Las Vegas is not known as a beacon of honesty and trust in the world, let’s put it that way. I went there last weekend to attend a rock climbing festival, and I stayed at one of the well-known casino/hotel combos. I checked in to my room and I found this little card on the night stand:


If you have ever waited tables, you know the marketing trick: if you say your name and create a “personal relationship” with patrons, you will likely receive bigger tips. Nobody agrees whether hotel room maids should be tipped or not, but clearly this is the same deal. This card is standard for the hotel, so the idea doesn’t come from the maids themselves. What called my attention here is the name: Peggy.

According to the awesome Baby Name Voyager tool, Peggy peaked as a name in the 1930s. I don’t know anyone young with that name. It’s hard to imagine a Peggy being a hotel room attendant in Las Vegas in 2011. Perhaps some market research shows that elderly couples are the most likely to leave tips, and they will be most sympathetic to someone with a name that suggests someone of their generation.


Sunday morning I checked out electronically and I was ready to leave the room. “Peggy” knocked on the door to see if she could come in and start cleaning the room. I immediately noticed her Spanish accent. Her name was Ana. I didn’t ask her how well the nom de guerre chosen by her employer is working out for her 🙂

How did you become a hardcore back-end developer?

I just saw this poston Hacker News, and I thought I’d write my answer here. Disclaimer: I don’t know if I am (or ever was) a hardcore back-end developer. I did make money for a long time doing web-scale development work for a bunch of companies.


I started coding in the 80s. No web, no connectivity for the most part, just simple games, random programs, hardware drivers, random utilities. Basic, Pascal, Assembly, C.


Fast forward to 1997. I’m doing my masters at Carnegie Mellon, enjoying the most awesome network connection. I download my first mp3, a novelty back then. It’s not even illegal, that will come later. A few months later the first mp3 search engines start to pop up. I think I can create one that’s better, and it becomes my personal summer project in 1998. After six weeks of nonstop hacking, I have running (check out the old snapshot, the domain hasn’t been mine since 2001).


So what was 2look4? A few things.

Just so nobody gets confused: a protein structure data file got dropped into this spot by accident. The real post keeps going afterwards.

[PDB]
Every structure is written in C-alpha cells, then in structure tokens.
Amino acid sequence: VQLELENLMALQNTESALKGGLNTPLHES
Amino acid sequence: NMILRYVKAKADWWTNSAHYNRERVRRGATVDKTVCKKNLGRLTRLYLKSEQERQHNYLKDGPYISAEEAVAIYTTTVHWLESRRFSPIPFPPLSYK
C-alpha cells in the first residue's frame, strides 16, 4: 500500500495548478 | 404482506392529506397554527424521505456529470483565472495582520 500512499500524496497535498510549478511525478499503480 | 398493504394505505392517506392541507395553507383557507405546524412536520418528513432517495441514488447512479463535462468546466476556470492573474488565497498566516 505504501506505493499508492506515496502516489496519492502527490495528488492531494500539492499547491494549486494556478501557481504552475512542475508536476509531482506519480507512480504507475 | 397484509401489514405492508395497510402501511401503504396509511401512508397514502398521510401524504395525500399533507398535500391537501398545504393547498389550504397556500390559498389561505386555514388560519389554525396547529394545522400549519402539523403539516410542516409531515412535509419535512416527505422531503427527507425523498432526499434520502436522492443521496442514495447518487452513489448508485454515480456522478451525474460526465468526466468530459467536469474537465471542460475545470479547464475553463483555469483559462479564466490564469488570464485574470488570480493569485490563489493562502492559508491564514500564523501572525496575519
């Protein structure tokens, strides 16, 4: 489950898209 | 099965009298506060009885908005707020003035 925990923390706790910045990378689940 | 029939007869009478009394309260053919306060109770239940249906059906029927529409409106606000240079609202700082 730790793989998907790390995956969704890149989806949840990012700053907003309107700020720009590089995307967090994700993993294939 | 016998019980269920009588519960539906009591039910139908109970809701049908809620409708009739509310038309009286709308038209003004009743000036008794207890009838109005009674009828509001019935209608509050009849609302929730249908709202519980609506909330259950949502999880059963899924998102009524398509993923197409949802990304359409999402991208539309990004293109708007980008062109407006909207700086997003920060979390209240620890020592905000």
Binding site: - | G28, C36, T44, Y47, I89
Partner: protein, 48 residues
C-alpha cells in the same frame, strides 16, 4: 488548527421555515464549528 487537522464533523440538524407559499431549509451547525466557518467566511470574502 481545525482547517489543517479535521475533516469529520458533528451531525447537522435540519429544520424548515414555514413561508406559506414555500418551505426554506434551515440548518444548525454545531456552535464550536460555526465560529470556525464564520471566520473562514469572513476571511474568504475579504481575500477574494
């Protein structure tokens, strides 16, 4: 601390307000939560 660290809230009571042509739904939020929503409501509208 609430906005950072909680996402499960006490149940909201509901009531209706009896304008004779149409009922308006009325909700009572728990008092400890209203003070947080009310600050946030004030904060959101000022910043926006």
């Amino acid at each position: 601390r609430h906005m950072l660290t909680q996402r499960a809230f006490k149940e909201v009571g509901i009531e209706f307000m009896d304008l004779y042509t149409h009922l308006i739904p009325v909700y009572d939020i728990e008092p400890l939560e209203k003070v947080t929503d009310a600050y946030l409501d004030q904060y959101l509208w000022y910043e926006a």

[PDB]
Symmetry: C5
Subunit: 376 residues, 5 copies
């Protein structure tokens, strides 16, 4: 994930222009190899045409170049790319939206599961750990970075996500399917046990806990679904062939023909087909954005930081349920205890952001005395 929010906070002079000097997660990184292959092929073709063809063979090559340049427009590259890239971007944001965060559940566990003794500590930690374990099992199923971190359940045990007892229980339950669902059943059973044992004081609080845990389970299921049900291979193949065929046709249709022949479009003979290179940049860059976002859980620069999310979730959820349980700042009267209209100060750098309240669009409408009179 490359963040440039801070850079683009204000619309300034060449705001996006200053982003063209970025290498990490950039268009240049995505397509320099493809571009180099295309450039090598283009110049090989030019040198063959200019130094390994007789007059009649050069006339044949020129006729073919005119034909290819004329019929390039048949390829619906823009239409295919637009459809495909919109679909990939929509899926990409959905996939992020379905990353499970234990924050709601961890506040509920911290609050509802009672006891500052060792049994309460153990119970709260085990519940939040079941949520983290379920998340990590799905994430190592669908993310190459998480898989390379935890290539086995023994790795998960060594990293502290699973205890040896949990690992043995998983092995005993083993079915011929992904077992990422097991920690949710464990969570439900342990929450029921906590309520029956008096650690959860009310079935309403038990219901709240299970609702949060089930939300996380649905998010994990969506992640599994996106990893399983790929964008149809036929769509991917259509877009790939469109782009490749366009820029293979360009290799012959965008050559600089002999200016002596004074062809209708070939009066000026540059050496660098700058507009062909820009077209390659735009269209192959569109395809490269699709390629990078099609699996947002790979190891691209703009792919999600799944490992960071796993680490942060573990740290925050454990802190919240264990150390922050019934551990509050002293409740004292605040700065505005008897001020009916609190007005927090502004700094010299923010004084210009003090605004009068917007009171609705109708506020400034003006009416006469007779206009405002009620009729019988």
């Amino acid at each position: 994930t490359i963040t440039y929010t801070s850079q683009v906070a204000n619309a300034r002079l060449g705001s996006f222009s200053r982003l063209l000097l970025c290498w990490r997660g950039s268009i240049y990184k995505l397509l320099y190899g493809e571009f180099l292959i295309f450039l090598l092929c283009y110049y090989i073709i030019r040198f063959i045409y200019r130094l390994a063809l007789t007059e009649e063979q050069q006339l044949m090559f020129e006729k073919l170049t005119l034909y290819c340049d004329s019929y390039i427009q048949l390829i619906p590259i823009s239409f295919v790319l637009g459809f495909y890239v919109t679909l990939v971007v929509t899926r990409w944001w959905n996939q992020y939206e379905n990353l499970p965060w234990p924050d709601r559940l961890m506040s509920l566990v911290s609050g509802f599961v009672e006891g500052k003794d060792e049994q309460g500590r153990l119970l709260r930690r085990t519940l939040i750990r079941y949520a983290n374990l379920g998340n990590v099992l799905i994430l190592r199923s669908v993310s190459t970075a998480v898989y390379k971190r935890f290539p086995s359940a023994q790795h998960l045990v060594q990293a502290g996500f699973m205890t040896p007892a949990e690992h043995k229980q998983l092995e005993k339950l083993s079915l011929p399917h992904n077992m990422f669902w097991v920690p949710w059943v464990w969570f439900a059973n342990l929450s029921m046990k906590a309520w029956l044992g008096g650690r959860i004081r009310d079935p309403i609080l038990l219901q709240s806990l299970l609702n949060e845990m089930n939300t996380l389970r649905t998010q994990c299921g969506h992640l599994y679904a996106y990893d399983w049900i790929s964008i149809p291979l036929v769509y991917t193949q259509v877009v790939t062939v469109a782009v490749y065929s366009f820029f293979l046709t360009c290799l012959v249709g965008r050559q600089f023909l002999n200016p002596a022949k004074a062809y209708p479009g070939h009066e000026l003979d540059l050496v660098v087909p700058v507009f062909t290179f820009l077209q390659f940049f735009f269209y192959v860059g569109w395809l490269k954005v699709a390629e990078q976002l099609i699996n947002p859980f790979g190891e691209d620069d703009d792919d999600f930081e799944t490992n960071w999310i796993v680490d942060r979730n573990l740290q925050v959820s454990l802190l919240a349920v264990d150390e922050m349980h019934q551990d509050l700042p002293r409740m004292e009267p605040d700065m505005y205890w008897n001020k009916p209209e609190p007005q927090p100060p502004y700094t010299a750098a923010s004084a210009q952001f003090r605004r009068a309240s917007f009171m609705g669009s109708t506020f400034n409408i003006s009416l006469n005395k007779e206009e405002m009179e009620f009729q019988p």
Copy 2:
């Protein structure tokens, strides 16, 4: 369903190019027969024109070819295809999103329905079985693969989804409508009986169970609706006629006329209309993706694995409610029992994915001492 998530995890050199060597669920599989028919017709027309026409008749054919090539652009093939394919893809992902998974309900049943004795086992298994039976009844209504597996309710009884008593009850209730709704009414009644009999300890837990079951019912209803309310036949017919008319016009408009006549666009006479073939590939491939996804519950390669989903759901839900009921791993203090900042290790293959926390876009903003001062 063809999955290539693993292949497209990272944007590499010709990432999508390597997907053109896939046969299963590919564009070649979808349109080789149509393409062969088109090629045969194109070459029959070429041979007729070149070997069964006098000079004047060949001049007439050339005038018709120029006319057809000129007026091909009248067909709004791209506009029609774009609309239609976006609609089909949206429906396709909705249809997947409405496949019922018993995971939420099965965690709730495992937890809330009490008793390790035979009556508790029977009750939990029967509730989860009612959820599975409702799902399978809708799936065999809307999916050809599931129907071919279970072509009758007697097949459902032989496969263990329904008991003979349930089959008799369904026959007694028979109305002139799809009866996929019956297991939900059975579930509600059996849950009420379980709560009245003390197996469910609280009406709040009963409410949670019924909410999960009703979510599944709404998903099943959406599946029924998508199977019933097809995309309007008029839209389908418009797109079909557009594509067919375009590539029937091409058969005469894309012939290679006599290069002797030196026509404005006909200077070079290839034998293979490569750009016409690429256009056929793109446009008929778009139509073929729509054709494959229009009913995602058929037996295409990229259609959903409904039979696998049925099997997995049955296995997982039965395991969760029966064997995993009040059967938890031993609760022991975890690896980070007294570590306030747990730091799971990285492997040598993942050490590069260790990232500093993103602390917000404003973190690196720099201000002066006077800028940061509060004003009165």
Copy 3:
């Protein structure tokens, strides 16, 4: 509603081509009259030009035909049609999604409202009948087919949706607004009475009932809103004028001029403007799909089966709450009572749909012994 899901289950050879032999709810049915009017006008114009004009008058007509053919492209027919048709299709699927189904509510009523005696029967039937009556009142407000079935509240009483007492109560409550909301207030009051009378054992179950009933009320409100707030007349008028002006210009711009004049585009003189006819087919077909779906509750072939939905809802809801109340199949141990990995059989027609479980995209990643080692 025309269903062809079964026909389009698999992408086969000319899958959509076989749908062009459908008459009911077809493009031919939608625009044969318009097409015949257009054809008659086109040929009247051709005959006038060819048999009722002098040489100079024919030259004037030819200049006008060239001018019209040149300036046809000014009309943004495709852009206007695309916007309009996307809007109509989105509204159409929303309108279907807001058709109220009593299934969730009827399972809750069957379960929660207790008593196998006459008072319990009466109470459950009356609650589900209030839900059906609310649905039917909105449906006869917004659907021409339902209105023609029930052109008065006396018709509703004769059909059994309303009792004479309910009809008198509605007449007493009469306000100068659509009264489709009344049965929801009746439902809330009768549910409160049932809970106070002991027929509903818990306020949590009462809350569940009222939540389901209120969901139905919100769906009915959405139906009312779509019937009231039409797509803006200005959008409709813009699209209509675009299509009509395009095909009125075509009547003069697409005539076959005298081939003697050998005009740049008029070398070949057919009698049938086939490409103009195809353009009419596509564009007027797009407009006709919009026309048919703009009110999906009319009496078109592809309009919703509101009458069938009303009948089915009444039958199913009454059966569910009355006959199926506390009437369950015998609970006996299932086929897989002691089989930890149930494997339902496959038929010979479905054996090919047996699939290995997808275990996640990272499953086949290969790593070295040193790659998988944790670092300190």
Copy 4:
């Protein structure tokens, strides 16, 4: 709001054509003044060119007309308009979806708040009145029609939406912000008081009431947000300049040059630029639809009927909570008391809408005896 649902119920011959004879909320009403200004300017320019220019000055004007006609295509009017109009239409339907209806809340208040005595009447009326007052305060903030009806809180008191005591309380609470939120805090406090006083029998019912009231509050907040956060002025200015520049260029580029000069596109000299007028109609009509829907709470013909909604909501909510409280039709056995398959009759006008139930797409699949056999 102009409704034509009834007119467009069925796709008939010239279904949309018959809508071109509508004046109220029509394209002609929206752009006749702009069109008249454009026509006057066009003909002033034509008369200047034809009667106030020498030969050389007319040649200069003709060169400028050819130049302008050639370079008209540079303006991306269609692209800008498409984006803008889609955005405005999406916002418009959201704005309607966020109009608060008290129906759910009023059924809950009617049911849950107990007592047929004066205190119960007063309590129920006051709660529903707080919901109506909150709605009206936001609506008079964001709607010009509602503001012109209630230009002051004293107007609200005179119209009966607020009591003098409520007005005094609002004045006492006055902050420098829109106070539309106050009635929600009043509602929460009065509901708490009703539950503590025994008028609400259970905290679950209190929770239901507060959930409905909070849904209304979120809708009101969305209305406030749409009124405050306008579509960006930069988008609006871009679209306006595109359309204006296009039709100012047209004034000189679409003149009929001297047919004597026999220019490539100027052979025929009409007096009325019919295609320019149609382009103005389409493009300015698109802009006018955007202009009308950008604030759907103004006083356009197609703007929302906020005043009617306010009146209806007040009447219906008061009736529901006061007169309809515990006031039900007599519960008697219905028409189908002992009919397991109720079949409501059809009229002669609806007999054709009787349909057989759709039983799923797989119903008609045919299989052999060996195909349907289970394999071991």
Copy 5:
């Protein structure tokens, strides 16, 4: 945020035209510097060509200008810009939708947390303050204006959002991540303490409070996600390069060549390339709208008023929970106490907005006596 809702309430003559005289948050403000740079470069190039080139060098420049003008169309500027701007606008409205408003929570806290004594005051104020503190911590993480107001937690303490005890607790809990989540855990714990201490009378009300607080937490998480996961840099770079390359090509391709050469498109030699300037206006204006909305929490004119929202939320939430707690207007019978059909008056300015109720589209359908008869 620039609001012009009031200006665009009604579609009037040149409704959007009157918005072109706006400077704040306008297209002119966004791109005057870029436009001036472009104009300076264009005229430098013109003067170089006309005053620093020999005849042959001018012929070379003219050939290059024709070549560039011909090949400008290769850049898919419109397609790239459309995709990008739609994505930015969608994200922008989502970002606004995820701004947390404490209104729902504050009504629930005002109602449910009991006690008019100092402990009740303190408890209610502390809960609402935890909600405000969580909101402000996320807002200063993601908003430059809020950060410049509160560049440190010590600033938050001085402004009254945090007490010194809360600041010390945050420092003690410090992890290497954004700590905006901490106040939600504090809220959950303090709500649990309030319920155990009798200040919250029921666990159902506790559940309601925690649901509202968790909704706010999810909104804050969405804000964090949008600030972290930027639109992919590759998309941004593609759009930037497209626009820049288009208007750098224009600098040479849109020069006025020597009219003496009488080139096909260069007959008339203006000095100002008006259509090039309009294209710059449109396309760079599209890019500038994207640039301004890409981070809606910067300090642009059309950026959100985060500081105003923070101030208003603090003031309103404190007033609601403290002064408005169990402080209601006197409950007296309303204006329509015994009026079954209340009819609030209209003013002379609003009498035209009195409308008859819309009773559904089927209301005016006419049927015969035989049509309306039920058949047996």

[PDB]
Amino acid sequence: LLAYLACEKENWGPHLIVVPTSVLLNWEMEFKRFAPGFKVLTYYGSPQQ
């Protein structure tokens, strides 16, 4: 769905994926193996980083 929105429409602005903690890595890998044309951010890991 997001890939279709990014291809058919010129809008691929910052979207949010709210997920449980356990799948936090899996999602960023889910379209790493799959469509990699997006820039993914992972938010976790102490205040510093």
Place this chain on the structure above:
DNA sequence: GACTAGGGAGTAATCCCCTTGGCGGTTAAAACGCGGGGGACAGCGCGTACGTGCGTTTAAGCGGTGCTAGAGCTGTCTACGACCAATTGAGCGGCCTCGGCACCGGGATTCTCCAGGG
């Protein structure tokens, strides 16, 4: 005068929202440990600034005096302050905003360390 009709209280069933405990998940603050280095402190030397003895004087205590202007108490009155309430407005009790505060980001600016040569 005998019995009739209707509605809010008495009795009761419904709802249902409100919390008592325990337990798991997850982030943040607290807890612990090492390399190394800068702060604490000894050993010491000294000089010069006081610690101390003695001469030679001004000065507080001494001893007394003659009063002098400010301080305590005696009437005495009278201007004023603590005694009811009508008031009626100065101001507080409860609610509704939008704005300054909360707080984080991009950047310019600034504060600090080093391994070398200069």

• A CGI program written in C running under Apache that would process queries and call system(“/bin/grep”) over a file containing ftp links to mp3 files.
  • An ftp spider called by a cron job that would go through a list of known sites, list the mp3 files there and guess if the site had “unlimited access” or if it required an upload/download/ratio.
  • A submission form for new sites, a very basic poll, some javascript.
One day I put it out there and told some friends about it. The first day it had 100 queries. A week later, 10,000. My linear search with grep held up pretty well for the first few days, but as soon as I started getting concurrent queries it slowed down to a crawl. That’s the first time I saw a web-scale problem. Over the course of three nights I wrote a very simple inverted indexer and searcher to replace grep. It had no tf-idf or word positions. All you could do was an AND search (intersection between the sets of documents containing words), but it reduced the complexity from linear to almost logarithmic (binary search, basically). This was enough for the load of the server to drop and for the machine (a Pentium server) to run pretty much unattended for the next year. It would peak at around 200k queries per day sometime in 1999, before Napster came into the picture and killed ftp servers that shared mp3 files.


In the fall of ’98 I showed 2look4 to a former Carnegie Mellon professor who worked at Inktomi. Long story short, Inktomi acqui-hired me and my puny search engine software (not the site, which earned me some nice cash on the side from ads). I joined the crawling and indexing team and battled Google fiercely for the next four years and ultimately lost. We did a lot of cool stuff though. We grew from indexing 30M documents to 500M in a couple of years for example.


To answer the title question: I don’t think you “become a hardcore back-end developer”, you simply dip your toes in the water of terabytes and millions of requests per day. Try not to commit any algorithms with orders of complexity that don’t make sense for what you are doing. Pierce through abstraction layers and try to understand what the hardware is doing. Are we killing the network? The cpu? The disks? Do lots of back-of-the-envelope calculations. Write prototypes. Use load generator tools. Instrument code. Optimize carefully and only when necessary. Ask others who know more. It never ends, because technology changes fast. Game-changing technologies become affordable (cloud computing, SSDs, insane amounts of memory). It’s very humbling, because you think your system is as fast as it can be until someone comes along and makes it 10x faster.


If you are a software developer, try to work for a while on a web-scale problem. To me, it never gets old.